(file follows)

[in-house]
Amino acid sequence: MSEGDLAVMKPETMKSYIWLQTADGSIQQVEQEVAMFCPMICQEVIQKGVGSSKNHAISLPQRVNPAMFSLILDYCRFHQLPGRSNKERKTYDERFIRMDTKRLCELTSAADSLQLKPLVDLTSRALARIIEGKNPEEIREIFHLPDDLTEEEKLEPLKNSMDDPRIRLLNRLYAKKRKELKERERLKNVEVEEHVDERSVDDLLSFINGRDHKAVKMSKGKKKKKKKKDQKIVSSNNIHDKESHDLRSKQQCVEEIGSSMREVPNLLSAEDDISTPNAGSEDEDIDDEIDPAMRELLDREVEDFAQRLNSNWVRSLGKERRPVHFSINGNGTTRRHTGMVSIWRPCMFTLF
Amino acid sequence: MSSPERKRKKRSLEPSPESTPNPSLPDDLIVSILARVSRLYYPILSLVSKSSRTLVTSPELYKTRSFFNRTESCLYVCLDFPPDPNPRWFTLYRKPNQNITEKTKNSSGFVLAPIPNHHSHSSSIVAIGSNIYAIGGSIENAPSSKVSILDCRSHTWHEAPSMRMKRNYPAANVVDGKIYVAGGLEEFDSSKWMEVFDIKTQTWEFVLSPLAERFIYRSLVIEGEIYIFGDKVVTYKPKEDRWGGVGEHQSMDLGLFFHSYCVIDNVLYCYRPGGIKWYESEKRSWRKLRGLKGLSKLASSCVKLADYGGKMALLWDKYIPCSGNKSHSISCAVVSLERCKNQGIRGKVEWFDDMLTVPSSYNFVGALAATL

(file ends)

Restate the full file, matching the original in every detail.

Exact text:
[in-house]
Amino acid sequence: MSEGDLAVMKPETMKSYIWLQTADGSIQQVEQEVAMFCPMICQEVIQKGVGSSKNHAISLPQRVNPAMFSLILDYCRFHQLPGRSNKERKTYDERFIRMDTKRLCELTSAADSLQLKPLVDLTSRALARIIEGKNPEEIREIFHLPDDLTEEEKLEPLKNSMDDPRIRLLNRLYAKKRKELKERERLKNVEVEEHVDERSVDDLLSFINGRDHKAVKMSKGKKKKKKKKDQKIVSSNNIHDKESHDLRSKQQCVEEIGSSMREVPNLLSAEDDISTPNAGSEDEDIDDEIDPAMRELLDREVEDFAQRLNSNWVRSLGKERRPVHFSINGNGTTRRHTGMVSIWRPCMFTLF
Amino acid sequence: MSSPERKRKKRSLEPSPESTPNPSLPDDLIVSILARVSRLYYPILSLVSKSSRTLVTSPELYKTRSFFNRTESCLYVCLDFPPDPNPRWFTLYRKPNQNITEKTKNSSGFVLAPIPNHHSHSSSIVAIGSNIYAIGGSIENAPSSKVSILDCRSHTWHEAPSMRMKRNYPAANVVDGKIYVAGGLEEFDSSKWMEVFDIKTQTWEFVLSPLAERFIYRSLVIEGEIYIFGDKVVTYKPKEDRWGGVGEHQSMDLGLFFHSYCVIDNVLYCYRPGGIKWYESEKRSWRKLRGLKGLSKLASSCVKLADYGGKMALLWDKYIPCSGNKSHSISCAVVSLERCKNQGIRGKVEWFDDMLTVPSSYNFVGALAATL